"Remember, I am with you always to the end of the age" (Mt 28:20)

"Seventy-Seven Times": Forgive Beyond Count

Vision of St Ignatius of Loyola at La Storta Chapel by Fr Timoteo Ofrasio SJ
P
eter approached Jesus and asked him, “Lord, if my brother sins against me, how often must I forgive him? As many as seven times?” Jesus answered, “I say to you, not seven times but seventy-seven times" (Matthew 18:21-22). For our first consideration on the Gospel, I would like to pose a question, Is God subject to time or not? The majority position when it comes to understanding God’s time, especially among philosophers, is that God is eternal but temporal. What does it mean ‘God is eternal’? It means that God has no beginning or end. He is timeless and everlasting. However, the moment God started to be involved in human history, he cannot but work through time. Temporal comes from the Latin "temporalis," i.e. of time. God must respect the temporal succession of time like the past, present and future. When God chose the Israelites and promised to them that he alone will be their God and they will be his chosen people, God cannot help but enter the historical events. God has this temporal side. His existence, plans and actions take place in earthly time. At the present moment, he is listening to many cries of people affected by the pandemic. In the past, he was thinking about other things depending on the era. His dealings, like those of the rest of us, occur at particular times. But let us not forget too that God has always an eternal side. 2 Peter 3:1-10 explains that you can’t link human and divine time-scales: ‘with the Lord a day is like a thousand years’. In the Gospel we hear Peter asking Jesus if forgiveness was to be offered seven times. Peter like the rest of us was thinking with an earthly sense of time. Peter was concerned about the limit or gauge to the number of times that we can forgive others. It is a valid question which needs to be answered by Jesus on just how many times a person can possibly forgive.
When Jesus responded that forgiveness should be offered not only seven times but seventy-seven times, Jesus was not limiting forgiveness to any number for that matter, no. The number just means that if you can forgive beyond seven times then you lose count the next time or times that you forgive. In short when it comes to forgiveness, one must not count. The moment one has started forgiving the first time then is does not end. The true nature of authentic forgiveness is without limit or condition otherwise the forgiveness is diminished or lessened. In the human eye which is bound by temporal succession, it seems impossible. But it is really impossible unless God gives the grace of forgiveness. It was Jesus who demonstrated that God never tires of forgiving. He has shown that God offers forgiveness over and over, just as in the many parables of mercy.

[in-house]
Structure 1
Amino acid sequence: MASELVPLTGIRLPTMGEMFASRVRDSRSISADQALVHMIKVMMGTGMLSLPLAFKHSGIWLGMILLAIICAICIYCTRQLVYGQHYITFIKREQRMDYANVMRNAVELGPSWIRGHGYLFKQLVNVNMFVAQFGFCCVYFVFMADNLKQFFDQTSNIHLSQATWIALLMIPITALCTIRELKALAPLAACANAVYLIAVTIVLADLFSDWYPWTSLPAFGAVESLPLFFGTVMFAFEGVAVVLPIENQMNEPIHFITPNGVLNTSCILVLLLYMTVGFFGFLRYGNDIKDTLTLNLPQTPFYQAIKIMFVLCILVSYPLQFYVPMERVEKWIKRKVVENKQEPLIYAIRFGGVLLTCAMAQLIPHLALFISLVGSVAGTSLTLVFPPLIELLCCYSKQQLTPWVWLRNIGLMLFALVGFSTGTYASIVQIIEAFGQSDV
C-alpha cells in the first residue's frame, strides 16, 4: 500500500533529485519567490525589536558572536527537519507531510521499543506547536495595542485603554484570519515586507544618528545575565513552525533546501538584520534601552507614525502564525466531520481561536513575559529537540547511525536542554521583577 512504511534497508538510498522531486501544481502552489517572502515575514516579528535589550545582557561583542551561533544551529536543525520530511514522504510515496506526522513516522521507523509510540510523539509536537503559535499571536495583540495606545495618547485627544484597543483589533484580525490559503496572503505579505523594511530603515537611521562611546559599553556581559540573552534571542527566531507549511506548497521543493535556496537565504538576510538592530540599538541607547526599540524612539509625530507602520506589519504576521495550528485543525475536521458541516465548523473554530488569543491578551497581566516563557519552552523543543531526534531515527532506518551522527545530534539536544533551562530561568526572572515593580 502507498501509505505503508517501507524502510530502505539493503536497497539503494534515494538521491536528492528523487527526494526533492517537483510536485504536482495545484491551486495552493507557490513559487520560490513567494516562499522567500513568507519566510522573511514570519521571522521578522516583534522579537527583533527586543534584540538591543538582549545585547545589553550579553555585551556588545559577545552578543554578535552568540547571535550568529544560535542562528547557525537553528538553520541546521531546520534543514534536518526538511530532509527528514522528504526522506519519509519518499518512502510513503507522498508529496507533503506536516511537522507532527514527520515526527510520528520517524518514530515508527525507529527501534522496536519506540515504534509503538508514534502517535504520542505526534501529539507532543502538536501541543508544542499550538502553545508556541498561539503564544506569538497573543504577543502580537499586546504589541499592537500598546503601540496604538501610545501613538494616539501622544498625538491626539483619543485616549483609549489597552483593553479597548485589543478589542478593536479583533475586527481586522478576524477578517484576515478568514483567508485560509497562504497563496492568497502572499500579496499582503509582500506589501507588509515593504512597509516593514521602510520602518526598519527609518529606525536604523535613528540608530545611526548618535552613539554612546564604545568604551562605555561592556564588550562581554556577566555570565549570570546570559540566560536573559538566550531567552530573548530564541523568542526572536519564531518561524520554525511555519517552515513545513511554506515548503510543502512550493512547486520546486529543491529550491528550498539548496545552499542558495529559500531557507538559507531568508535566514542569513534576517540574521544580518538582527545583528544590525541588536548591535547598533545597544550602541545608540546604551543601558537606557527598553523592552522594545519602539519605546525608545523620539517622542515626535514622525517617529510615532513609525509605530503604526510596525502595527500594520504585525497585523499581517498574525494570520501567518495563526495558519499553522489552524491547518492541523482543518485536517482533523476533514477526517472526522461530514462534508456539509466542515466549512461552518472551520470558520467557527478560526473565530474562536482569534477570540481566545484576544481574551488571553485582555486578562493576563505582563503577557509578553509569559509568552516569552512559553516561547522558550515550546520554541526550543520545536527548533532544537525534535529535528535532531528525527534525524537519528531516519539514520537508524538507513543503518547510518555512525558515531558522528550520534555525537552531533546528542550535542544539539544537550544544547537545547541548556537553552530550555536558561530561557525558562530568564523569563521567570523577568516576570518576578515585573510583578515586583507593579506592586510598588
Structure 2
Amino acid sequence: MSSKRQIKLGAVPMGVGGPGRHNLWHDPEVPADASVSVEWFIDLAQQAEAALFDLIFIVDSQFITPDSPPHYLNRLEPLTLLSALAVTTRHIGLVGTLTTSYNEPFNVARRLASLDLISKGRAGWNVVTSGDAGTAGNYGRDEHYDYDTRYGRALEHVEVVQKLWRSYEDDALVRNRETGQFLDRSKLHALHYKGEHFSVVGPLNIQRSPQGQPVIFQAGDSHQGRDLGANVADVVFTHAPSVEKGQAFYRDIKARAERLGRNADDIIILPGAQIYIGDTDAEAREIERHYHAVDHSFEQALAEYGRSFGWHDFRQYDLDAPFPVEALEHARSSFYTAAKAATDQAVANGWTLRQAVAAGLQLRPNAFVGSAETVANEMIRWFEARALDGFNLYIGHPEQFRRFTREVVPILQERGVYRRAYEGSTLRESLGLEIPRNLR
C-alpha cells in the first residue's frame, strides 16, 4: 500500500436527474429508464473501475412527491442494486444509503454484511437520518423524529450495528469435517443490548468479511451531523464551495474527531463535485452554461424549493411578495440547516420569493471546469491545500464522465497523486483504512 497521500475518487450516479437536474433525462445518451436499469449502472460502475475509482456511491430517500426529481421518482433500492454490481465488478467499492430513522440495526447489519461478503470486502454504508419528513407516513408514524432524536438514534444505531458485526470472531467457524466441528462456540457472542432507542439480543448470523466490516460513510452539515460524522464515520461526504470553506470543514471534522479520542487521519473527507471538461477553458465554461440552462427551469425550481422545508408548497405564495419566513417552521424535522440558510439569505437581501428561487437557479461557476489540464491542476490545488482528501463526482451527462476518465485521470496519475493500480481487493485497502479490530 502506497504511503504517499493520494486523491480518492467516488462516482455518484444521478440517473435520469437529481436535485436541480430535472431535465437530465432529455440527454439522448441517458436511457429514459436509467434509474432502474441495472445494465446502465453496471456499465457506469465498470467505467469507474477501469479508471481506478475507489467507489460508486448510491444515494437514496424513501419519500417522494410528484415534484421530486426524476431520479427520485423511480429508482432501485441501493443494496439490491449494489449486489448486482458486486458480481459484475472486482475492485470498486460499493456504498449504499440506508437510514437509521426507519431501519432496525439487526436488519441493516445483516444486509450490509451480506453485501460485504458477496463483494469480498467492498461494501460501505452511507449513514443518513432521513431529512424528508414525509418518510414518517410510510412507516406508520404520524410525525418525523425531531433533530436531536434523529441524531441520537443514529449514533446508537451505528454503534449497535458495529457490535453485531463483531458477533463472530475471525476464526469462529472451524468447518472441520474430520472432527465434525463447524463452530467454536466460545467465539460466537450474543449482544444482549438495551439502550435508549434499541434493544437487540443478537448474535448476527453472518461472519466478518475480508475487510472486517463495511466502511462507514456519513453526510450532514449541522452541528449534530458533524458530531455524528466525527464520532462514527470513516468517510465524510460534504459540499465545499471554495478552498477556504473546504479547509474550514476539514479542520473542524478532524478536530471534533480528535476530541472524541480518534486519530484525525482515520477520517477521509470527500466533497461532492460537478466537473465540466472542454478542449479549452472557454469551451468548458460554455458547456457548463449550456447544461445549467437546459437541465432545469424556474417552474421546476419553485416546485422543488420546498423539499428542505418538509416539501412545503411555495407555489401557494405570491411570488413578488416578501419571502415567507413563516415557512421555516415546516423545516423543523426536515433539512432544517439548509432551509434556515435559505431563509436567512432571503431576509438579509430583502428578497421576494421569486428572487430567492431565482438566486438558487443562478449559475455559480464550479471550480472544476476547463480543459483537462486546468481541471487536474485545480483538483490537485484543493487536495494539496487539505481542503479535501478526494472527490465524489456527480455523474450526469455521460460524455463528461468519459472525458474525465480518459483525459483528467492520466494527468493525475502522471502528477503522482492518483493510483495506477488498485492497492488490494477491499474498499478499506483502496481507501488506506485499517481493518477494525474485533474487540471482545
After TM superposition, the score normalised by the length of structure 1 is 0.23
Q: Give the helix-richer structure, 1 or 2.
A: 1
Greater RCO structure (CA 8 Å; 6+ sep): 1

Secondly, Jesus’s response is a dose of Peter’s own medicine so to speak. We know of course that among The Twelve, it is Peter who will be needing forgiveness not once but several times over. When Jesus said that we must forgive without counting, he knows us too well. We will never come to a point when we could ever say "I do not need to be forgiven anymore." There will never be a time like that. When that time comes and we begin to say that we are sinless then we go in front of the mirror and say to ourselves "Liar!" Such is the mystery of sin and of all our fragilities. This is the reason why Jesus says forgive over and over because our fragilities and human weaknesses will never leave us. It will just change perhaps in intensity and circumstance but they will remain until the end. That is a fact. And we must forgive endlessly each other’s fragilities. We must be patient as much with ourselves as with others. Jesus’s parable of the unforgiving servant follows directly after his “seventy-seven times” exhortation because Jesus would like to drive home the point that if we are forgiven especially if the debt is enormous, then we too must forgive those who sin against us. Clearly, forgiveness is not to be meted out in a limited fashion and to just a few. Forgive abundantly, over-flowingly and God's forgiveness must be obtained easily by all. What made St John Mary Vianney famous was not giving inspiring sermons like St Bernardino of Siena, or celebrating Mass with copious tears or taking care of orphans and abandoned people. What made him famous was what God did through him in his besieged confessional. For most of his forty one years in the town of Ars, he heard confessions of about the town’s entire population every day—12-14 hours in the winter, 16-18 hours in the summer. His commitment and dedication is superhuman. He was able to do it because he was open to the grace of God’s mercy and compassion, which is unlimited, to flow through him. We can presume this saint was like the servant whose enormous debt was forgiven but, unlike him, St John Mary Vianney stayed inside his confessional giving out forgiveness to many others in need of God’s compassion. St Paul writes to the Ephesians to forgive on account of having been forgiven, "and be kind to one another, tenderhearted, forgiving one another, as God in Christ has forgiven you" (Ephesians 4:32).